Social media has given rise to a new breed of influential figures and brand ambassadors in recent years. Micro- and even nano-influencers—social media users active on platforms such as Instagram and YouTube who have access to anywhere from several hundreds to hundreds of thousands of followers—are increasingly securing endorsement deals and contracts for sponsored content.
In 2017 alone, marketers around the world spent $570 million on social media marketing, according to a report in eMarketer. The New York Times reports that the social media influencer industry is expected to exceed a $10 billion value by 2020.
But a new study from the Johns Hopkins Carey Business School shows that regulations meant to protect consumers from predatory social media marketing tactics actually contribute to a decrease in competition between influencers, causing the overall amount of paid content to rise and audience engagement to plummet.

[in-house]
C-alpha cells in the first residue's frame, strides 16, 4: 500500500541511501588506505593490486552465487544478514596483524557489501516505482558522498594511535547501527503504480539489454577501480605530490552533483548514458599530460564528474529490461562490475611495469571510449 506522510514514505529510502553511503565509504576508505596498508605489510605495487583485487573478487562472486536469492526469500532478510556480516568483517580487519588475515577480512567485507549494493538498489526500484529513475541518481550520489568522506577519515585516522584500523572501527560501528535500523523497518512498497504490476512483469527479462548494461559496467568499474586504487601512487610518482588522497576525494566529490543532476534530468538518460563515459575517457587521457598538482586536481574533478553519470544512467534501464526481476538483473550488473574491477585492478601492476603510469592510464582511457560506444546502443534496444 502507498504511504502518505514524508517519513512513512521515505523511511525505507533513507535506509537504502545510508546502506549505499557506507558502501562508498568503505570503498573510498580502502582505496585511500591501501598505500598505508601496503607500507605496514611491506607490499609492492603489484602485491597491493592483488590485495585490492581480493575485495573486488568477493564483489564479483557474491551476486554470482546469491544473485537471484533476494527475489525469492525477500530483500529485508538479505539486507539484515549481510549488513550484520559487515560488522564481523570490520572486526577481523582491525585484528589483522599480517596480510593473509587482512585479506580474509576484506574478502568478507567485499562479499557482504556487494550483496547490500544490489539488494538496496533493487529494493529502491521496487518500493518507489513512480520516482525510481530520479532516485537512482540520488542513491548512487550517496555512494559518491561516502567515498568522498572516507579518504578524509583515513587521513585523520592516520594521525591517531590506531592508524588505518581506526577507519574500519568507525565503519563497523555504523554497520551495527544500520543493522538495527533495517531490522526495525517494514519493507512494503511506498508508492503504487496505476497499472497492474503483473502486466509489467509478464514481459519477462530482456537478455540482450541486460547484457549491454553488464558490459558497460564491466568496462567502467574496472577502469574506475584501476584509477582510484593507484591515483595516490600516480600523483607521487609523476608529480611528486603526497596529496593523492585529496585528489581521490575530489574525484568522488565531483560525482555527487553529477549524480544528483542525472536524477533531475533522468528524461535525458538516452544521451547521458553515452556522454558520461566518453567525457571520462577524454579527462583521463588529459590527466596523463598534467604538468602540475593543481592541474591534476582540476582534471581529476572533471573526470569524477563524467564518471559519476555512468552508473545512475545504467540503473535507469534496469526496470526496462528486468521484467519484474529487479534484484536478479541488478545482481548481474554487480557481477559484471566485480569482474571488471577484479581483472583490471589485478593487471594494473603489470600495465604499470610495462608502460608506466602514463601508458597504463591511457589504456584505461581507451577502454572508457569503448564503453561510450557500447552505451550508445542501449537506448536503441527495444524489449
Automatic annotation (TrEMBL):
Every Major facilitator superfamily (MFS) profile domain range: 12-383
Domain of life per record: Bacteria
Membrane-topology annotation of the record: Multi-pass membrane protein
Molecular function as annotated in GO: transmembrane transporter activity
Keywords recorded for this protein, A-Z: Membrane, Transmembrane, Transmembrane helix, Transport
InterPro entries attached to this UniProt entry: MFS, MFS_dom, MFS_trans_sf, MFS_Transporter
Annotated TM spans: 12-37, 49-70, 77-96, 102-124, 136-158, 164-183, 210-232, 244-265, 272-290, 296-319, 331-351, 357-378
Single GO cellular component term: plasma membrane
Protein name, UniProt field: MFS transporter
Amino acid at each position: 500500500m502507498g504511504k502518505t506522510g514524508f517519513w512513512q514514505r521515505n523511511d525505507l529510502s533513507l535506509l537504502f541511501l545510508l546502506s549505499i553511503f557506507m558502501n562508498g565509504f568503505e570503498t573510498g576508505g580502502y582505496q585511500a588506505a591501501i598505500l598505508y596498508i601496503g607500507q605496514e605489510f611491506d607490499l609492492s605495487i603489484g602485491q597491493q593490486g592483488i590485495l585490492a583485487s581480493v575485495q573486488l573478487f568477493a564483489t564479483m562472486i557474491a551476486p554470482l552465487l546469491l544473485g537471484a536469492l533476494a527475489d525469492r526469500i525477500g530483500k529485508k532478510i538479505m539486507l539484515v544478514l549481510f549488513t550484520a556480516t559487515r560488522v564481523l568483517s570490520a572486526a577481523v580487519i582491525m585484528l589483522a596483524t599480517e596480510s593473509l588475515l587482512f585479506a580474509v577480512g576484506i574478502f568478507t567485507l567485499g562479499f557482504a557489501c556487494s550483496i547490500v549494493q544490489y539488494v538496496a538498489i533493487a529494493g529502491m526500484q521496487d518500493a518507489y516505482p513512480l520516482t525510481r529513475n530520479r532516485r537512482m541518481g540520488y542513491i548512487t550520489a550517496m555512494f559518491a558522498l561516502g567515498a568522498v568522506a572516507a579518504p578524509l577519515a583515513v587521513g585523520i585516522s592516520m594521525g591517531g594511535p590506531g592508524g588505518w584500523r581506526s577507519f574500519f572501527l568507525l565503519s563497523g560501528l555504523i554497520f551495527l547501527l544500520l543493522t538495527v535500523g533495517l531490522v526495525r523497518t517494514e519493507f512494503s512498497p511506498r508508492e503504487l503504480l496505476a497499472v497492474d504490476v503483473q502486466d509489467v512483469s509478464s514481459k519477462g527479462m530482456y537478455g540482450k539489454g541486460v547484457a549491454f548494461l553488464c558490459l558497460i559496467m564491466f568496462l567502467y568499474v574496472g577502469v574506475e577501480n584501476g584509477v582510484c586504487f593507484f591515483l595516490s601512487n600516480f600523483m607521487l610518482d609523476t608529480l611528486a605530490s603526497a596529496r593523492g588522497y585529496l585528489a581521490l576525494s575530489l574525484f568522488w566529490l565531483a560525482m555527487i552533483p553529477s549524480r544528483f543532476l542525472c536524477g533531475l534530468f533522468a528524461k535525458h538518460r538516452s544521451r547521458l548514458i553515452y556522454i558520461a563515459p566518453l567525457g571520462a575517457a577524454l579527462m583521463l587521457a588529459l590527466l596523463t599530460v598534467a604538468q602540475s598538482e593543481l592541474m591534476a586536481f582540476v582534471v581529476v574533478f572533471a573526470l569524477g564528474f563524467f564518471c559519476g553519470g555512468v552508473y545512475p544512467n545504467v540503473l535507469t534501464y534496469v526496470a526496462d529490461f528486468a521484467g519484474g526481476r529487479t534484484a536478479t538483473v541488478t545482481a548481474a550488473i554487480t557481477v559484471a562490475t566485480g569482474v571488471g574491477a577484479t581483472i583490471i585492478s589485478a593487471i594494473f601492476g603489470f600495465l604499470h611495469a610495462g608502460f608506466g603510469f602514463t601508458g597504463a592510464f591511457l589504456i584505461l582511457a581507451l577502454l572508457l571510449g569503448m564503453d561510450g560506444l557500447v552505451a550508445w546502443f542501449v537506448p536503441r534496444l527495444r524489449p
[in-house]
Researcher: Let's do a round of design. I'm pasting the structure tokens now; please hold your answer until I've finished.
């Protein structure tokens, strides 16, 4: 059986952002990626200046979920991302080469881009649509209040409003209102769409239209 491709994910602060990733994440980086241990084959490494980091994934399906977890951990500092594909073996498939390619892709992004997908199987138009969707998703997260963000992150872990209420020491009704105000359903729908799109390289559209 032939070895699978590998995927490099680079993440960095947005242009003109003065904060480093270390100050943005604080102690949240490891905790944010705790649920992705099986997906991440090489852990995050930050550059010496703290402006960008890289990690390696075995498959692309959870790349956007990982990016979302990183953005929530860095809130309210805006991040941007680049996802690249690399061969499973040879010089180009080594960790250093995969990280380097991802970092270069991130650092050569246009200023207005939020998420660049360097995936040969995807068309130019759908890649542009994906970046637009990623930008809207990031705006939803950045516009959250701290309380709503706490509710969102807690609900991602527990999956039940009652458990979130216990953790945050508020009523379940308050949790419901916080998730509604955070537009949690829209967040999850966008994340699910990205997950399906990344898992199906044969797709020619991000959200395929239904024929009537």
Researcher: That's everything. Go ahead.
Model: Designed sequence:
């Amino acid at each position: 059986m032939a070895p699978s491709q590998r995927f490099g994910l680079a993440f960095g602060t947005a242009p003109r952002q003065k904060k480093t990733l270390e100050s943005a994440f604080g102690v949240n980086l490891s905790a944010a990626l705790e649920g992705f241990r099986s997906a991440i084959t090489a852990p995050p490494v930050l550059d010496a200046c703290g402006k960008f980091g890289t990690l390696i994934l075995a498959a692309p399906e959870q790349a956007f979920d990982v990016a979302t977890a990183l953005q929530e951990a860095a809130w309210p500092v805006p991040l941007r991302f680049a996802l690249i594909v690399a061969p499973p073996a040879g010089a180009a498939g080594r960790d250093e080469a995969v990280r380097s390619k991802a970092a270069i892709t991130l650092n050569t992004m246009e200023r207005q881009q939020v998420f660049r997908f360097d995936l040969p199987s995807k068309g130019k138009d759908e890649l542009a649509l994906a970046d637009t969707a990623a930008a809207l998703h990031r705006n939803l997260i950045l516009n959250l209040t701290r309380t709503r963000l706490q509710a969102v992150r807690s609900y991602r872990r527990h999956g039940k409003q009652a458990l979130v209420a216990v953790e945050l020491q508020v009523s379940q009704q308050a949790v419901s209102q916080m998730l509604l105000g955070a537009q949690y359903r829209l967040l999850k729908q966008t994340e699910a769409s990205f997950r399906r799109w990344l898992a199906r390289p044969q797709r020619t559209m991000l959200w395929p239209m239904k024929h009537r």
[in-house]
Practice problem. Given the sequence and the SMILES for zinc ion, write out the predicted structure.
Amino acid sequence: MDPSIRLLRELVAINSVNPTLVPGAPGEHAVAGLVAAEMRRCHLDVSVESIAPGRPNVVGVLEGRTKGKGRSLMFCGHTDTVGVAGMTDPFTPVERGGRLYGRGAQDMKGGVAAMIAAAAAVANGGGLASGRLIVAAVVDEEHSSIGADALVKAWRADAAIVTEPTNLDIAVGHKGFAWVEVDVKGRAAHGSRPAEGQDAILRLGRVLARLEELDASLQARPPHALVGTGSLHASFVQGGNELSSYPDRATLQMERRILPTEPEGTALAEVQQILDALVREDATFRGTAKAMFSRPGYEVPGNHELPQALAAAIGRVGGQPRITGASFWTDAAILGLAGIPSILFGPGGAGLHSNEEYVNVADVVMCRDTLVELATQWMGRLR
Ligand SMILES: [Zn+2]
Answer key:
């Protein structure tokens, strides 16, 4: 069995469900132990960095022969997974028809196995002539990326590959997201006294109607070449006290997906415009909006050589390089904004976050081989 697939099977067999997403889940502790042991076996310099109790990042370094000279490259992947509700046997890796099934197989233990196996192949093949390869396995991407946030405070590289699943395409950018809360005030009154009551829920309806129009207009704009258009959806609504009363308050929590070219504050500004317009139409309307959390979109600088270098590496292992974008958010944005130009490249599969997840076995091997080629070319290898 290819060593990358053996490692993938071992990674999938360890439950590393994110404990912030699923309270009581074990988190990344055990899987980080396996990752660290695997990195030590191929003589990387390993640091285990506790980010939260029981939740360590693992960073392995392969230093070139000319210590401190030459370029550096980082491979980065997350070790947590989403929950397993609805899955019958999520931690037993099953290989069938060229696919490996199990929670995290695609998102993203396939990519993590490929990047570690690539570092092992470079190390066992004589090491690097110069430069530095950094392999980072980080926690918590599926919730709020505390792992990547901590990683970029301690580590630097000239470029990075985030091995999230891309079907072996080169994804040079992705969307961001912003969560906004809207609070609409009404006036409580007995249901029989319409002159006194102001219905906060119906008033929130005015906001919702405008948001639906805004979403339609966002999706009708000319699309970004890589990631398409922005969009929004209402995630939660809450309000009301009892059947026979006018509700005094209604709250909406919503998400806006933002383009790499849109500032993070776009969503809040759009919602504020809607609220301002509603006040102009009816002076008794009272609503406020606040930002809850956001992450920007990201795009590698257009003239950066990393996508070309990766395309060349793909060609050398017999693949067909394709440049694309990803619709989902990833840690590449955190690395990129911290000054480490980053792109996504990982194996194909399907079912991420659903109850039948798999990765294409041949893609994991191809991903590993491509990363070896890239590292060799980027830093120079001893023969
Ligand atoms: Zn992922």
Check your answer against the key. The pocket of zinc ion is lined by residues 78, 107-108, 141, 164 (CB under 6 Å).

In such a cycle, the study found, all social media stakeholders lose: the followers, the influencers, and the marketers alike.
For the study, Carey economist Itay Fainmesser and co-author Andrea Galeotti from the London Business School created a mathematical model of the complex interactions and decisions of social media influencers, followers, and marketers under different parameters. Typically, social media influencers build a following by creating attractive content and providing trusted advice in a specific area. Marketers will then approach influencers, offering to pay them to promote products to their audiences. In the early days of social media, followers usually did not know whether an influencer was paid for a recommendation. The uncertainty about whether a post was sponsored had the potential to undermine the audience's trust in the influencer, especially if the product being marketed turned out to be low-quality.